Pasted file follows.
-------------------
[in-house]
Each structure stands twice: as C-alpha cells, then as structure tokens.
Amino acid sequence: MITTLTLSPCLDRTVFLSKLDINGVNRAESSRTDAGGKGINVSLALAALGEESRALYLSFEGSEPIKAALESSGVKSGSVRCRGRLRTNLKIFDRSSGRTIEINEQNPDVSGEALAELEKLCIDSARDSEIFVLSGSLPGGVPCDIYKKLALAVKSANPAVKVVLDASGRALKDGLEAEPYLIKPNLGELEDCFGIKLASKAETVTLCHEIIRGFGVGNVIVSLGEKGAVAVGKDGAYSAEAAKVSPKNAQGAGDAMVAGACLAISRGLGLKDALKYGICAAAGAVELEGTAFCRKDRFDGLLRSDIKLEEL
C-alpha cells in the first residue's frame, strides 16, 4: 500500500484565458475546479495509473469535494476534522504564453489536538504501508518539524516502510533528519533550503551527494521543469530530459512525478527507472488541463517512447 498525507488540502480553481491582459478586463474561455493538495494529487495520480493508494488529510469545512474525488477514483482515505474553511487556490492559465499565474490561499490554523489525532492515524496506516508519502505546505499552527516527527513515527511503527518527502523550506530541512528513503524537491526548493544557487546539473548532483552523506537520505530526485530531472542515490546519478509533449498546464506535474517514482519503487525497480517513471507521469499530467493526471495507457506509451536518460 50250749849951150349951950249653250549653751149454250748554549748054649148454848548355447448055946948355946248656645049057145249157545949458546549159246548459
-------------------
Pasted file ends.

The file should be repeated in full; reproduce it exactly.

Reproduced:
[in-house]
Each structure stands twice: as C-alpha cells, then as structure tokens.
Amino acid sequence: MITTLTLSPCLDRTVFLSKLDINGVNRAESSRTDAGGKGINVSLALAALGEESRALYLSFEGSEPIKAALESSGVKSGSVRCRGRLRTNLKIFDRSSGRTIEINEQNPDVSGEALAELEKLCIDSARDSEIFVLSGSLPGGVPCDIYKKLALAVKSANPAVKVVLDASGRALKDGLEAEPYLIKPNLGELEDCFGIKLASKAETVTLCHEIIRGFGVGNVIVSLGEKGAVAVGKDGAYSAEAAKVSPKNAQGAGDAMVAGACLAISRGLGLKDALKYGICAAAGAVELEGTAFCRKDRFDGLLRSDIKLEEL
C-alpha cells in the first residue's frame, strides 16, 4: 500500500484565458475546479495509473469535494476534522504564453489536538504501508518539524516502510533528519533550503551527494521543469530530459512525478527507472488541463517512447 498525507488540502480553481491582459478586463474561455493538495494529487495520480493508494488529510469545512474525488477514483482515505474553511487556490492559465499565474490561499490554523489525532492515524496506516508519502505546505499552527516527527513515527511503527518527502523550506530541512528513503524537491526548493544557487546539473548532483552523506537520505530526485530531472542515490546519478509533449498546464506535474517514482519503487525497480517513471507521469499530467493526471495507457506509451536518460 50250749849951150349951950249653250549653751149454250748554549748054649148454848548355447448055946948355946248656645049057145249157545949458546549159246548459